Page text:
A woman doing Janushirasana or Head-to-Knee Pose while meditating with some incense and candles on the side for her yoga session.

Janushirasana is one of my favorite yoga poses, both to perform and to teach. Thanks to its versatility, it is commonly used in various yoga styles, from Ashtanga to Yin. Directly translated from Sanskrit, Janushirshasana (alt. spelling Janu Sirsasana) means Head-to-Knee Pose. 

janu – knee

sirsa – head

asana – pose or seat

This asana is an asymmetrical forward bend with a spinal twist. Although this is quite an intense pose, with a few modifications, it can be made accessible to complete beginners.

Benefits of Janushirasana

  • Like other forward-bending positions, this asana stretches the whole back of the body. Starting at the back of the heels, the stretch continues via the calves, hamstrings, and glutes. It also thoroughly stretches the spine (including the neck).
  • Janushirasana is a great way to decompress the spine at the end of a long day. A happy spine leads to better posture!
  • Folding over your leg applies pressure to the abdominal area. Think of it as a gentle massage! This pressure stimulates digestion and improves gastrointestinal function.
  • Practicing Janushirasana for an extended period of time has a calming effect on your mind. The act of relaxing your head down and closing your eyes brings focus to the breath, which in turn relieves anxiety and fatigue.

Step-by-Step Instructions

  1. Start in Staff Pose (Dandasana).
  2. Bend your right knee and bring the sole of your right foot to the inner left thigh. Allow the right knee to open toward the ground. Keep your right ankle active, with the toes pointing up.
  3. Take a deep inhale, open the heart forward.
  4. As you exhale, start folding forward, leading with the center of your chest. Keep breathing as you soften your neck and round your shoulders. 
  5. At this point, if your fold is deep enough, you should be able to rest your forehead on your knee. 
  6. Reach your arms forward and get a hold of your left foot. If your arms reach past your foot, you may bring them into a bind.
  7. Hold the position for anywhere between a few seconds, and a minute.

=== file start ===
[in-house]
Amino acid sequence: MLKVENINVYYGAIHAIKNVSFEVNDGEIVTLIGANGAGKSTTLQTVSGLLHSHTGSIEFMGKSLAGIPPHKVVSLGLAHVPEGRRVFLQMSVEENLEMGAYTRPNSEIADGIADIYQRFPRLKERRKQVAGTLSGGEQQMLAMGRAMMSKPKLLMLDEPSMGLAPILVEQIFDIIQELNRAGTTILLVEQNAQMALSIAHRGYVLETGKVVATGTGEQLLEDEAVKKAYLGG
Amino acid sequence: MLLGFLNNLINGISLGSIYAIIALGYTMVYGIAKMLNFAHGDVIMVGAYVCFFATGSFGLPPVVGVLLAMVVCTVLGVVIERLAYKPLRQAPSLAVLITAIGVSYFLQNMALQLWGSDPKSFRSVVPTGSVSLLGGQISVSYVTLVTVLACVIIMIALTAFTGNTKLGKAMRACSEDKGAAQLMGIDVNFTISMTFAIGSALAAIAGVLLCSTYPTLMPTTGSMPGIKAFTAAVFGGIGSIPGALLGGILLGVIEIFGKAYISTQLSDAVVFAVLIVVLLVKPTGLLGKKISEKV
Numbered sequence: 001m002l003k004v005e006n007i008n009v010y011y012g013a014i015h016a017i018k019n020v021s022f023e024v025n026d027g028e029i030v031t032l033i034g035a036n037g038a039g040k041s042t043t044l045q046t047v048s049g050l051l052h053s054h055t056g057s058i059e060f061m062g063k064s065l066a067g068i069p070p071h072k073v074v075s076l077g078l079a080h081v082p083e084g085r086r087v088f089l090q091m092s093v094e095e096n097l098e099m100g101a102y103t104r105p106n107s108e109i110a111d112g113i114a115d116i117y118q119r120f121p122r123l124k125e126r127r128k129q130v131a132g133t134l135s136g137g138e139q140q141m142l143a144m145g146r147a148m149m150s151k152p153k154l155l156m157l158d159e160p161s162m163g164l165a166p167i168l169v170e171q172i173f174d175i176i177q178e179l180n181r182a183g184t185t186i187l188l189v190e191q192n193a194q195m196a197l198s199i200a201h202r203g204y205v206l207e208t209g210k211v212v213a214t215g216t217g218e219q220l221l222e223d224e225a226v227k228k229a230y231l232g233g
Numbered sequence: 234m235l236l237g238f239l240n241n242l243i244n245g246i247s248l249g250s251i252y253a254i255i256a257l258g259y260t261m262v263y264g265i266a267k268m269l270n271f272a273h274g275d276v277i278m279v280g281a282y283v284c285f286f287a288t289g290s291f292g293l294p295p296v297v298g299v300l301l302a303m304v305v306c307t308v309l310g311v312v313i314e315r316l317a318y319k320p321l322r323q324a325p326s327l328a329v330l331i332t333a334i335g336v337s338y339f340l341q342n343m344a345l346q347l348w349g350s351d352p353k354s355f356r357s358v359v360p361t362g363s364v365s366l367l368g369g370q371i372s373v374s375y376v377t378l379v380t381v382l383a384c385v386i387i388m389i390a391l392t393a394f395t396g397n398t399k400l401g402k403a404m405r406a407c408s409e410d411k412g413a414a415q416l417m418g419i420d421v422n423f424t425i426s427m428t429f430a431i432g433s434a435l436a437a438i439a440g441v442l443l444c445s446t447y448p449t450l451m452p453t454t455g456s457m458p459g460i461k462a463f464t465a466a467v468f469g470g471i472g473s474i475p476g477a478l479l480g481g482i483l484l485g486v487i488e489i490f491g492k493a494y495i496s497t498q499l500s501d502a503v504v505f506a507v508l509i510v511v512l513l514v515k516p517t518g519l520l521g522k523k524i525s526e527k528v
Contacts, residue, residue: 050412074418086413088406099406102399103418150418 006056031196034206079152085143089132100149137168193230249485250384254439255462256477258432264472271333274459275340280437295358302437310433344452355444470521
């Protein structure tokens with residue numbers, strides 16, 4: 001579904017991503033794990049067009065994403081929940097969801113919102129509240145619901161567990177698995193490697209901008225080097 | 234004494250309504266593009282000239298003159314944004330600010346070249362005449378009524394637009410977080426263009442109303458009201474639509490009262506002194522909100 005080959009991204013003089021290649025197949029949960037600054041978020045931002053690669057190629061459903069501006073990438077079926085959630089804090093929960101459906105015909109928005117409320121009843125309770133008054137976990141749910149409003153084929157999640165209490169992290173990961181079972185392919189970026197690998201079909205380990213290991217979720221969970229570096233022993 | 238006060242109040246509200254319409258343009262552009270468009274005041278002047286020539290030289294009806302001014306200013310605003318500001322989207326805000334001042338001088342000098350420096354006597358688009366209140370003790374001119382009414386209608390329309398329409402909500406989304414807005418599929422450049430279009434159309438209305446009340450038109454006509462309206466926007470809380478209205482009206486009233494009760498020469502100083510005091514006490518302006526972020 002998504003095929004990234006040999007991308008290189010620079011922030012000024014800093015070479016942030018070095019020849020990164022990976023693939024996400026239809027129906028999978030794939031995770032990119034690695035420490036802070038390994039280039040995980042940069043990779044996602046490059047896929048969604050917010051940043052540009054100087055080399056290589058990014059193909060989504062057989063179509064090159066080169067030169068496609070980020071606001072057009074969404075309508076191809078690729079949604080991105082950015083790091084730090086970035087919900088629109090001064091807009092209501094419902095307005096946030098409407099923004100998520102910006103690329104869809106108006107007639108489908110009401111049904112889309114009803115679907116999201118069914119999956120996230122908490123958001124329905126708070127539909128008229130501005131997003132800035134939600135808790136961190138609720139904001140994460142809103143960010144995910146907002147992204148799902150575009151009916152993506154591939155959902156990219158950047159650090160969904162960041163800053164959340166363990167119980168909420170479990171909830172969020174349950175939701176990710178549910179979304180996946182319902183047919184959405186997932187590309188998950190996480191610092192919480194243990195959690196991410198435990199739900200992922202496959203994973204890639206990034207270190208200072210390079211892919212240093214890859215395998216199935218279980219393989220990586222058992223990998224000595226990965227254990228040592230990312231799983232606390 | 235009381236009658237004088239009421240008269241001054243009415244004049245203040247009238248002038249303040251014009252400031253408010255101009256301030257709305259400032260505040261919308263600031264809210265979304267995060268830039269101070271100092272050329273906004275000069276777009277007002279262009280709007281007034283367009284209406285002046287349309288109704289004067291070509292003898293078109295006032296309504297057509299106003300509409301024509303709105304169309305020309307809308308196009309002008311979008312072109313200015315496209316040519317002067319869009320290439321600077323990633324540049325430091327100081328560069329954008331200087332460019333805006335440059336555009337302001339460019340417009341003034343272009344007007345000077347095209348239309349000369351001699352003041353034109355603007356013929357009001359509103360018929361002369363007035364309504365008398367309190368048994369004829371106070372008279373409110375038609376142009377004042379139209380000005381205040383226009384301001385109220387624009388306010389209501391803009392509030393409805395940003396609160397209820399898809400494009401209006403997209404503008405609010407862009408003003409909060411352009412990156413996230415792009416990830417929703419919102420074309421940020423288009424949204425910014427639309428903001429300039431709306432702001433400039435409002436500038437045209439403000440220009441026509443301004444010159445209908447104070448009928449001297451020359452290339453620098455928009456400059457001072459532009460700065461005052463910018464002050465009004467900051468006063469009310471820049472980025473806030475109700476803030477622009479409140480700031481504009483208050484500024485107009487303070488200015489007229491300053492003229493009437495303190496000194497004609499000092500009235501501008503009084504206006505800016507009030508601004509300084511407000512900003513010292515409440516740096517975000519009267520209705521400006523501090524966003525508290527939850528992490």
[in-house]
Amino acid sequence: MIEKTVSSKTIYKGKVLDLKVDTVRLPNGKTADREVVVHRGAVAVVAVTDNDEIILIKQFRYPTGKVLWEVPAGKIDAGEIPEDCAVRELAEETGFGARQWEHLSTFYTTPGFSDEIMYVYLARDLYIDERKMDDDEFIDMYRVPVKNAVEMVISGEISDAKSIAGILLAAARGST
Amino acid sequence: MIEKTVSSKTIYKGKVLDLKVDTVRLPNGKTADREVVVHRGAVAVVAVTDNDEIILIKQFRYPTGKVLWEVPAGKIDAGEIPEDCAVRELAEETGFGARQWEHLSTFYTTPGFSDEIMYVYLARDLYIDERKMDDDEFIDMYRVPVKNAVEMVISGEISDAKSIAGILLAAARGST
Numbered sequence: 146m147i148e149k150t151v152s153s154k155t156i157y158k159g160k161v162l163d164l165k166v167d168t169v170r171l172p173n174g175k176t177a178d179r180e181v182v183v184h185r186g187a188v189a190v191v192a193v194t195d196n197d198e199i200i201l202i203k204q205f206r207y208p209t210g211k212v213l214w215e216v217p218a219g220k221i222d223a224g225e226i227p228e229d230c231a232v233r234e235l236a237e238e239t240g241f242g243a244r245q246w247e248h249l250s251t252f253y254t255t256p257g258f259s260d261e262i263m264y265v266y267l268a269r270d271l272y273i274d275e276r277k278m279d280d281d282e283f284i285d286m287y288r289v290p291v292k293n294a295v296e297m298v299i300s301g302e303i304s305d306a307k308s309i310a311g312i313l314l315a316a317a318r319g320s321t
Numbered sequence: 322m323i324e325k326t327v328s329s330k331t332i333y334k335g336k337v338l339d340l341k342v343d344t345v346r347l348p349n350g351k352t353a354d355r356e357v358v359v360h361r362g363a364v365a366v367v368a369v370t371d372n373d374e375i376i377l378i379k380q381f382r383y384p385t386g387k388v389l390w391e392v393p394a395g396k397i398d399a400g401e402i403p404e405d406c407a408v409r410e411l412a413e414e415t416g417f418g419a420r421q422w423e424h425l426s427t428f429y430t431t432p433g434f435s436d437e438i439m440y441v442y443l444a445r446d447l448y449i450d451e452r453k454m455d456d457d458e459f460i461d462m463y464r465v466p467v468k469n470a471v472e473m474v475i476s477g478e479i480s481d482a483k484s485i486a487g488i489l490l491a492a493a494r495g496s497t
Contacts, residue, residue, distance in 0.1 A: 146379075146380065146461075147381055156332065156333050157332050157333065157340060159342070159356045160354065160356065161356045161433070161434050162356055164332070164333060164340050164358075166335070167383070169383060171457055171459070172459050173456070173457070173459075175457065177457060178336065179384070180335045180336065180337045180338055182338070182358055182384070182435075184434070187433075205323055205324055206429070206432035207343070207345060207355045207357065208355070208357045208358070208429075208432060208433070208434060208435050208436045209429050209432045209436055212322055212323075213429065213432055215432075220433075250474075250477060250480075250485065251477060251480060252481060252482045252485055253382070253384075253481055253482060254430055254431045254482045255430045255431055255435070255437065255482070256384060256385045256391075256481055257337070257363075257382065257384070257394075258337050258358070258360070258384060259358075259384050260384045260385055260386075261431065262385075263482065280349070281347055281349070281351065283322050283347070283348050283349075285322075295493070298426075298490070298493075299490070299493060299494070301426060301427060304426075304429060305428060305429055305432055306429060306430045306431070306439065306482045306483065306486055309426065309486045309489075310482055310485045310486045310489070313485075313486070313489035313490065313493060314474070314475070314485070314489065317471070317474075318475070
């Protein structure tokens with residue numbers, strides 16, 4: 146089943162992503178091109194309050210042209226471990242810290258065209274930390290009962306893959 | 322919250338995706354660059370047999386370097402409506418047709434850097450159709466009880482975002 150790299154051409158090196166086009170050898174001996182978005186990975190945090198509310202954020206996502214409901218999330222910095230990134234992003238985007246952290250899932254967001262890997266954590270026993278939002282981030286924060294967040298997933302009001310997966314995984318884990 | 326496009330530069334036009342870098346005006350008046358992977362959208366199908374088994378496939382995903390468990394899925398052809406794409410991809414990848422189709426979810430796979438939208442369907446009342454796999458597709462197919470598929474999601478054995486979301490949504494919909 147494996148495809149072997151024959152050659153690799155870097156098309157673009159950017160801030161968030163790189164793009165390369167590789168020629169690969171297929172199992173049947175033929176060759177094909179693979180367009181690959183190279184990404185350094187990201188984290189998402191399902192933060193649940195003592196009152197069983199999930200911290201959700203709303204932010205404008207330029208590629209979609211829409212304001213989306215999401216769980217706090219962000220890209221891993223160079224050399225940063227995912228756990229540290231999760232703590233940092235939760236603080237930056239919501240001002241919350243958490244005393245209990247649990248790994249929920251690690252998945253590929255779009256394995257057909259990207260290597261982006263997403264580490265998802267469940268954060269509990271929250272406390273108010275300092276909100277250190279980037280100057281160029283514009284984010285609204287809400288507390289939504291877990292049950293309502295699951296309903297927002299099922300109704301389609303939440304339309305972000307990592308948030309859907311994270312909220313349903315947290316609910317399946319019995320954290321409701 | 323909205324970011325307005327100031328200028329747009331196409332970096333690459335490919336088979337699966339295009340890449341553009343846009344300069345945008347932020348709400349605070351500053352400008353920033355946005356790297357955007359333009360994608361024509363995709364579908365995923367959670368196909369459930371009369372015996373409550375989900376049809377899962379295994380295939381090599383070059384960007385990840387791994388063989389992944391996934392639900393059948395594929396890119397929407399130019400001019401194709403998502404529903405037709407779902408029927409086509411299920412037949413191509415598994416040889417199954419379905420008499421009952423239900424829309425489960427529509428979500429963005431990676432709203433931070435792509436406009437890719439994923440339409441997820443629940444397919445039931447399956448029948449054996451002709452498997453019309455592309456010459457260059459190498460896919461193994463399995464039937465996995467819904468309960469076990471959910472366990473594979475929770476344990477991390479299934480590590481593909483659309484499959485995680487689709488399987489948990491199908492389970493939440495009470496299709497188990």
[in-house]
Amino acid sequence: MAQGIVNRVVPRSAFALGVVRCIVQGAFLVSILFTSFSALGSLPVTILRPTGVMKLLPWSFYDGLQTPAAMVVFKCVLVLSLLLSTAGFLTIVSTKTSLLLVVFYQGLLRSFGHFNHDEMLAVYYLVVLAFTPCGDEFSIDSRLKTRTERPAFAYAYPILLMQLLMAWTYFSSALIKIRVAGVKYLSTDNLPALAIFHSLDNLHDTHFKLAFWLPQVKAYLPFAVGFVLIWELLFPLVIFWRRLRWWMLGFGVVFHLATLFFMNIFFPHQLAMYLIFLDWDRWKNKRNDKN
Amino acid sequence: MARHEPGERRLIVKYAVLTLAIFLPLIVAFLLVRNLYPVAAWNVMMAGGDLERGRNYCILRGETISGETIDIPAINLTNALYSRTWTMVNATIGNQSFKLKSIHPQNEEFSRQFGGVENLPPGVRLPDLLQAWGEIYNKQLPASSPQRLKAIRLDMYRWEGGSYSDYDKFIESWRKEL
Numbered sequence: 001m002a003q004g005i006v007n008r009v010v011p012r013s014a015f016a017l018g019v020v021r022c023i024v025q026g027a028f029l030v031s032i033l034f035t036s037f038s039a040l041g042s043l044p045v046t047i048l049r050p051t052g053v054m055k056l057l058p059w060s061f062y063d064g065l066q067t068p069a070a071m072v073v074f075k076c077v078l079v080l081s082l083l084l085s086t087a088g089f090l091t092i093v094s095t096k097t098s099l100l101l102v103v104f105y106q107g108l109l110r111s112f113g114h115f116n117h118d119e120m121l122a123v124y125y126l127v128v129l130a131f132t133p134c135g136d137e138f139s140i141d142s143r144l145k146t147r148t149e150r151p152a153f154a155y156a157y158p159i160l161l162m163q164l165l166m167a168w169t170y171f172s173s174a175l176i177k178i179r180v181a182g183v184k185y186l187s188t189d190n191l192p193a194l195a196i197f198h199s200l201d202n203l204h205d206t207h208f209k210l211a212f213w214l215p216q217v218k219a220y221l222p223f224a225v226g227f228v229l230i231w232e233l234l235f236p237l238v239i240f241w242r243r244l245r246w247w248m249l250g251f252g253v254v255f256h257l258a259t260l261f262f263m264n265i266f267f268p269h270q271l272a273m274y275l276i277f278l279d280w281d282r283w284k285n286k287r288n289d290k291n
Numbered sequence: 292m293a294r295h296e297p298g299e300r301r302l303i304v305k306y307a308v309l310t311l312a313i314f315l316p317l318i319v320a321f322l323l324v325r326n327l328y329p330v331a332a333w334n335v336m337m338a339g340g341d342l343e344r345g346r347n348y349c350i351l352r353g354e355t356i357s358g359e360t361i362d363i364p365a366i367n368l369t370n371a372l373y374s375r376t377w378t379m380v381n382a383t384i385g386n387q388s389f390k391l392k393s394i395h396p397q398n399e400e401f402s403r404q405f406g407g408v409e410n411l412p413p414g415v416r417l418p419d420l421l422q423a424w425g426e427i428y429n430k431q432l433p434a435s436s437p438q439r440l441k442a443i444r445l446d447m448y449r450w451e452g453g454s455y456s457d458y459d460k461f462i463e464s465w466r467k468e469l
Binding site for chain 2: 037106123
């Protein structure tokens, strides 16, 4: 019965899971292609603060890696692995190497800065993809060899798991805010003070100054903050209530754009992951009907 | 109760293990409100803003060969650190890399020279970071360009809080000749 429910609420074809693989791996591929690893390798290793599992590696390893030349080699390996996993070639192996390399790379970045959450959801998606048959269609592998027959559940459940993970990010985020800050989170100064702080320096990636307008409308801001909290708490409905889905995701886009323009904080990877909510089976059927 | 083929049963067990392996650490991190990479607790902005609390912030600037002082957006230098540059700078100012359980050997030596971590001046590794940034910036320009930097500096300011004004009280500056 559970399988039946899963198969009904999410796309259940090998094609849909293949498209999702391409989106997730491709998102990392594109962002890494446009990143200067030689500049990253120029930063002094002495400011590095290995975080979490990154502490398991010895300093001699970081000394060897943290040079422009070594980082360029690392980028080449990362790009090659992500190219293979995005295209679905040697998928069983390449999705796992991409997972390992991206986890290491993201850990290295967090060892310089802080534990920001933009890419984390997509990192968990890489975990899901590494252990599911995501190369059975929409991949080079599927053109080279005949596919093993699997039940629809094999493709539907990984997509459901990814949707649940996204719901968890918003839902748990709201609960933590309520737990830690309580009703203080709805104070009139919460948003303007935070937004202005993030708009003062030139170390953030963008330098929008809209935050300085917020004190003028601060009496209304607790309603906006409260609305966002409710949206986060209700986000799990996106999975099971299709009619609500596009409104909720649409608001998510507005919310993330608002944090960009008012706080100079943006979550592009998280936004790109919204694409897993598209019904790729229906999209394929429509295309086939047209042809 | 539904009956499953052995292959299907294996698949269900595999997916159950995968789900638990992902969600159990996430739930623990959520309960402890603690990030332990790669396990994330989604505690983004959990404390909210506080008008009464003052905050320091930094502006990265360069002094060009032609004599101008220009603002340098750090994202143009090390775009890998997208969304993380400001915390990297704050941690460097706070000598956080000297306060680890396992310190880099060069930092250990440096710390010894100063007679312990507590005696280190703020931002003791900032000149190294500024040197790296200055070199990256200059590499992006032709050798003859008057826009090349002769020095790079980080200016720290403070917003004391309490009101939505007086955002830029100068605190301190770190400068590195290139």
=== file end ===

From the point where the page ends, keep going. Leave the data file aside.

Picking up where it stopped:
8. To exit, inhale and lift the torso away from the leg. Return to Staff Pose.
  9. Repeat on the other side.



Traditionally, you would hold your breath when performing Janushirasana. However, that only applies to a situation when you stay in the pose for a few moments. If you hold this pose for an extended amount of time (e.g., in restorative practice), aim for steady, even breaths.


  • Hamstring, calf, or lower back injury. Even without the injury, this is quite a difficult stretch. If you have a recent injury that affects your hamstrings, calves, or lower back, it’s best to skip this pose.
  • Knee injury. If you have a recent knee injury or are recovering from knee surgery, steer clear of this pose. If you have an old knee injury, you may want to modify the pose to make it more comfortable.
  • Spinal injury. If you have a spine injury, such as slipped or herniated discs, bruising, or swelling, avoid practicing this pose.

A diagram of a human spine on a clipboard, along with other medical drawings of body parts.

  • Breathing constraints. By design, this forward bend applies pressure to the chest and belly, restricting lung capacity and diaphragm movement. If you suffer from asthma, seasonal allergies, a chest infection, or another condition that restricts your breathing, avoid Janushirasana.
  • Diarrhea. If you’re experiencing diarrhea, applying pressure to your stomach is not the best idea. Revisit this pose when you feel better!

Modifications and Props

  • If you are experiencing discomfort or pain in the back of your knee, bend it slightly and add a rolled-up towel or blanket underneath for support.
  • If the hip of the bent leg feels tense, prop it with a block or a rolled-up blanket.
  • If your head doesn’t reach down to meet the knee, you can insert a block or a cushion between them. This modification is also great for supporting the neck in Janushirasana.
  • If you cannot reach your foot, you may use a yoga belt or simply rest your palms on either side of the straight leg.

Color-coordinated pink yoga props placed on top of a yoga mat used for modification in Head-to-Knee Pose.

Warm-Up Poses

Before you dive into Head-to-Knee Pose, it’s important to make sure your body is ready. Unless you are performing Janushirasana as part of your Ashtanga sequence, you should prepare by including poses with a focus on the spine, hips, and hamstrings.

  • Staff Pose – Dandasana
  • Bound Angle – Baddha Konasana
  • Standing Forward Bend – Uttanasana

Level-Up Poses

Ready for a challenge? Try these poses next!

  • Head-to-Knee Pose II – Janushirasana II
  • Seated Forward Bend – Paschimottanasana
  • Half-Bound Lotus Forward Fold – Ardha Baddha Padma Paschimottanasana

Follow-Up Poses

A female yoga practitioner doing Cat Pose as a follow-up pose to Janushirasana or Head-to-Knee Pose for her indoor yoga session.

Although Head-to-Knee Pose has a relaxing effect, at the moment, it feels pretty intense. To help your muscles recover, practice the following poses after Janushirasana:

  • Cat-Cow Sequence – Marjaryasana-Bitilasana
  • Reclined Bound Angle – Supta Baddha Konasana

If Janushirasana isn’t a part of your routine, I highly recommend that you include it in your regular practice! Make sure to warm up and listen to your body.